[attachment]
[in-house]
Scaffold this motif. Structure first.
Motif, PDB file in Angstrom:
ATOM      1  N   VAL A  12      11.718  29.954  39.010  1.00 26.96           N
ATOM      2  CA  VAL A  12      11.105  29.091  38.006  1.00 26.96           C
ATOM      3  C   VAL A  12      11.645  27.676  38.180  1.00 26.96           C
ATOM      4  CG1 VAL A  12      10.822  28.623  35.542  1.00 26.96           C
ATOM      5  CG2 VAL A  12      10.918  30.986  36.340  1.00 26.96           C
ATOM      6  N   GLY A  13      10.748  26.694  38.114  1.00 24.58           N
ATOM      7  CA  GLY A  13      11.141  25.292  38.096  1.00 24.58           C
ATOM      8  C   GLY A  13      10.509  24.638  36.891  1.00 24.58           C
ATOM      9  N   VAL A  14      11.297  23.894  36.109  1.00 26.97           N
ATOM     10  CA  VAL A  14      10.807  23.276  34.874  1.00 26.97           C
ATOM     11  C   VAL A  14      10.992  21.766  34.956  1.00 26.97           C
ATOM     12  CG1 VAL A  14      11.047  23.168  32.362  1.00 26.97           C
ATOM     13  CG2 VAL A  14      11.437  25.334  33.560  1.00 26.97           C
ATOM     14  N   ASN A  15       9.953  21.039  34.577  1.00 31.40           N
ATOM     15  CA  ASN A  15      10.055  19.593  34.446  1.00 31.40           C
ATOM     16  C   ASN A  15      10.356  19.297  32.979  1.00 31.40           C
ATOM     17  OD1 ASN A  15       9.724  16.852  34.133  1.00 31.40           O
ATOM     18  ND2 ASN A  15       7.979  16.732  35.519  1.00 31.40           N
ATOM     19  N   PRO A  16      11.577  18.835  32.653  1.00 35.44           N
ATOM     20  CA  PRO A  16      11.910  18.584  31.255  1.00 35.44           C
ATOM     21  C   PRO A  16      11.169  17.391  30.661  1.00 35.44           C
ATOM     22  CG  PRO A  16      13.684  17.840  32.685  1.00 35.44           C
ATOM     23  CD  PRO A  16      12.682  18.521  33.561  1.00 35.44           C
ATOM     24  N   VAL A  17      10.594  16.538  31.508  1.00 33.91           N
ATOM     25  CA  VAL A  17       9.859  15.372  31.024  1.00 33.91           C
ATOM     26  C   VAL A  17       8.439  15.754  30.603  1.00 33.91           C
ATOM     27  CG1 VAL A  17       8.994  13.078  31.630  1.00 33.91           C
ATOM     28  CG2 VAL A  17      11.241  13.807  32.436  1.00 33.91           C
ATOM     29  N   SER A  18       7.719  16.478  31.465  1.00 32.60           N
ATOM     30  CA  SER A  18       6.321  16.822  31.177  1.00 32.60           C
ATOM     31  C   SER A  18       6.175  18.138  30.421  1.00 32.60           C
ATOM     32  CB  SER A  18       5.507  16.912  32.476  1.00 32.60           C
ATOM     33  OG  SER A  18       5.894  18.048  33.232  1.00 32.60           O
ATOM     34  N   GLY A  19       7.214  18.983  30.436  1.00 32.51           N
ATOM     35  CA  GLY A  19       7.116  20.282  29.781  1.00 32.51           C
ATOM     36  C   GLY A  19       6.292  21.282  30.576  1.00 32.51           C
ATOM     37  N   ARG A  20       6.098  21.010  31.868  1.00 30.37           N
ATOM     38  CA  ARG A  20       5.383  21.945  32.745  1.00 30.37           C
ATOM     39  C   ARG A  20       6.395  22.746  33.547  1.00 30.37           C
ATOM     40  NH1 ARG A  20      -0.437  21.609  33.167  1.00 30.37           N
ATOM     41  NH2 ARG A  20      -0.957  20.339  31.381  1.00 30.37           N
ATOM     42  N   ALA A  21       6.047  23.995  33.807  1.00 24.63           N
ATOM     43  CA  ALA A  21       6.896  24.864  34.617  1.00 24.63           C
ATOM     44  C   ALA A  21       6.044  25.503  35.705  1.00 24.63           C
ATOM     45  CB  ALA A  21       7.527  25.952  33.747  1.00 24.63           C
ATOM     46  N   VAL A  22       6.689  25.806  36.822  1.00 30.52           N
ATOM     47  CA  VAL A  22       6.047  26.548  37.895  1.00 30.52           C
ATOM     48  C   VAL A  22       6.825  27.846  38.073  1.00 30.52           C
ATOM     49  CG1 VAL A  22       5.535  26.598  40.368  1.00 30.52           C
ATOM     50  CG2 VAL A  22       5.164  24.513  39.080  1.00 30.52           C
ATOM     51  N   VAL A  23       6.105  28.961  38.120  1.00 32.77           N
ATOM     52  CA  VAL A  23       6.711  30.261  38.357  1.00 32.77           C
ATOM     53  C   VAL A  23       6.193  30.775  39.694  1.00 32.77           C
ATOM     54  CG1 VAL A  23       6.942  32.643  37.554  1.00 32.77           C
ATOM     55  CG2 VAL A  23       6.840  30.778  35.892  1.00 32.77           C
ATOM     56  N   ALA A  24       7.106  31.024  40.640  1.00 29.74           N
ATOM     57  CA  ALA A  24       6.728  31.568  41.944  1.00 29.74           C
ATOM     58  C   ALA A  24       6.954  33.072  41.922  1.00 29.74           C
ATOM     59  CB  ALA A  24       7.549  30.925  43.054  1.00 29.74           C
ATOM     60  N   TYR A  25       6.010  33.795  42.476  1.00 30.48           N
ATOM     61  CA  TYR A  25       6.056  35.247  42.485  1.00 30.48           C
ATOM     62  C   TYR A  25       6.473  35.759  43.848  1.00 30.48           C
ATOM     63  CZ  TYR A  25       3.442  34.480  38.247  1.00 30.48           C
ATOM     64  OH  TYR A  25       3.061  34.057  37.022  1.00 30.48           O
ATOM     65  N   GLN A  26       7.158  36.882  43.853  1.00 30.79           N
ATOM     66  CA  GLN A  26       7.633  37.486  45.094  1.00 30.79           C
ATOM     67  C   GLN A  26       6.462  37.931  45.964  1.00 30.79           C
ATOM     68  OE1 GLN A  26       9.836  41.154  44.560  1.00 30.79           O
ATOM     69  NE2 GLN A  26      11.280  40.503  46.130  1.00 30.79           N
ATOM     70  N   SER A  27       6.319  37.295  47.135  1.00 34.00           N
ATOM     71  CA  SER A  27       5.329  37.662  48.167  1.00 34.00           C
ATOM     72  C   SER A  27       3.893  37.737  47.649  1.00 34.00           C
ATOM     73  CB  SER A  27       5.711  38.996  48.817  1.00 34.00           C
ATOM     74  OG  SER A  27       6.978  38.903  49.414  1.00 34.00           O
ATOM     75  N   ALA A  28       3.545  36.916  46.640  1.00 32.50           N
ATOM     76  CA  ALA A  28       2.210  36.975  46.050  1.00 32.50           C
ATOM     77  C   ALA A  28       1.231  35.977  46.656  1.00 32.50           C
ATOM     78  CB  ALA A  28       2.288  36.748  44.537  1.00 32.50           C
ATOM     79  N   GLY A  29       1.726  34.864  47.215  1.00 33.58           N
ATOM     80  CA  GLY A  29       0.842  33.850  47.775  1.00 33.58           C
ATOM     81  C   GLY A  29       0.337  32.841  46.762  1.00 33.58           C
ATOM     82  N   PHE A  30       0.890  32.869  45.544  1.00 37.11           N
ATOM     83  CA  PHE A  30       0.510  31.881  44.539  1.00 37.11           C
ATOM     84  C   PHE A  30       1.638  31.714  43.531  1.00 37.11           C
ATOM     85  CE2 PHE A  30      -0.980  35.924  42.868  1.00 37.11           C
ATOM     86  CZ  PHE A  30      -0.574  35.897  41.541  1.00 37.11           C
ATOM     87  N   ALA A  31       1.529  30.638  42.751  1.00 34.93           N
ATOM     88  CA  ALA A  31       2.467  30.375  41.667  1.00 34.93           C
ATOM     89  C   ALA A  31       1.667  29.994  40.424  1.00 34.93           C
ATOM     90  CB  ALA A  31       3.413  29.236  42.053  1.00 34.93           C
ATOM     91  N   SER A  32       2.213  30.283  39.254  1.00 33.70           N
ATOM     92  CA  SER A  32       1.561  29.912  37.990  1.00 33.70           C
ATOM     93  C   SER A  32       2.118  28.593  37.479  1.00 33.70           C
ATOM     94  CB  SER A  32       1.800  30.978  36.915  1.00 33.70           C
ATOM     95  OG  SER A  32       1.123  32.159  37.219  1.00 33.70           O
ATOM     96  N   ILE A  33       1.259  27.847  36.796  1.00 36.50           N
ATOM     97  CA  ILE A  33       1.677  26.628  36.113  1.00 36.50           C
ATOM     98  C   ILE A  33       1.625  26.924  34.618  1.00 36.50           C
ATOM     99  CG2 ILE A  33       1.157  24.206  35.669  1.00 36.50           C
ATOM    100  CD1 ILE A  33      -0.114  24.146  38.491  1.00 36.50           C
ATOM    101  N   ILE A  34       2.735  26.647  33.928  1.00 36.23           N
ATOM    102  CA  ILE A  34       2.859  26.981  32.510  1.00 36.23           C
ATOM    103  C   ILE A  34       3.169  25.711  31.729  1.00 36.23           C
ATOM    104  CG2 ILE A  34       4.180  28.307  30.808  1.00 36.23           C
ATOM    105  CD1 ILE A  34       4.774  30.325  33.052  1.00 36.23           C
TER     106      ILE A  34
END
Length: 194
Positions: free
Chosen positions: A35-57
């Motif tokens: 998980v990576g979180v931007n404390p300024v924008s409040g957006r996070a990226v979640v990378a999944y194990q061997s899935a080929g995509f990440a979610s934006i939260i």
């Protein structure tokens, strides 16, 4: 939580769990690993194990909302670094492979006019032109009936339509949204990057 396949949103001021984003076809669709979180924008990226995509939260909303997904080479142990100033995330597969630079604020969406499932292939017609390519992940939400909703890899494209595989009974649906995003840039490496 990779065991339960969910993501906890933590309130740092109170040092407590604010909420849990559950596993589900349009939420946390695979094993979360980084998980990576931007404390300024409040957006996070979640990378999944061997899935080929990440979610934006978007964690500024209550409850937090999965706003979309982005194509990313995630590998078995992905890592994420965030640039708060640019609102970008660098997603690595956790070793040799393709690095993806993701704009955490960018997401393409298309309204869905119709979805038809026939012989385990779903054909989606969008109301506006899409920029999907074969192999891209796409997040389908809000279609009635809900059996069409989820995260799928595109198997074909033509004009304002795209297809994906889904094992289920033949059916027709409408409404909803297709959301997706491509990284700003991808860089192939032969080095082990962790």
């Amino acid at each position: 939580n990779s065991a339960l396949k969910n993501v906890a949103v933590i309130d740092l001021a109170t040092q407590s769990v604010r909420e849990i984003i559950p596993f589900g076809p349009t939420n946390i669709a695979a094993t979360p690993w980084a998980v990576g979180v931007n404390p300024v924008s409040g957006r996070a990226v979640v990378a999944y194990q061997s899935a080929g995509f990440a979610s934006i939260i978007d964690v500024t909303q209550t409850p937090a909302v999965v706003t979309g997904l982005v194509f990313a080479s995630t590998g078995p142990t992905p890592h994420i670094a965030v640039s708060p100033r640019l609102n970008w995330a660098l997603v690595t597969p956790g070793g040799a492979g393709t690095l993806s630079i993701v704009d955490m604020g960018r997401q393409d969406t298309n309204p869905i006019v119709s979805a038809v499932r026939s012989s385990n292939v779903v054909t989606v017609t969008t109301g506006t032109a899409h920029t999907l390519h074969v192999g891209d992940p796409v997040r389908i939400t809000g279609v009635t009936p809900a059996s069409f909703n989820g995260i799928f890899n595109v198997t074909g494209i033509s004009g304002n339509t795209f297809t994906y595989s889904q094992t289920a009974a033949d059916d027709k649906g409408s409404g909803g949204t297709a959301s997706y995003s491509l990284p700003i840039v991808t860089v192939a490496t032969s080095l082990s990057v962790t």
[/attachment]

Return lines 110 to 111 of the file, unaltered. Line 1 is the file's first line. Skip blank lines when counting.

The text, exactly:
END
Length: 194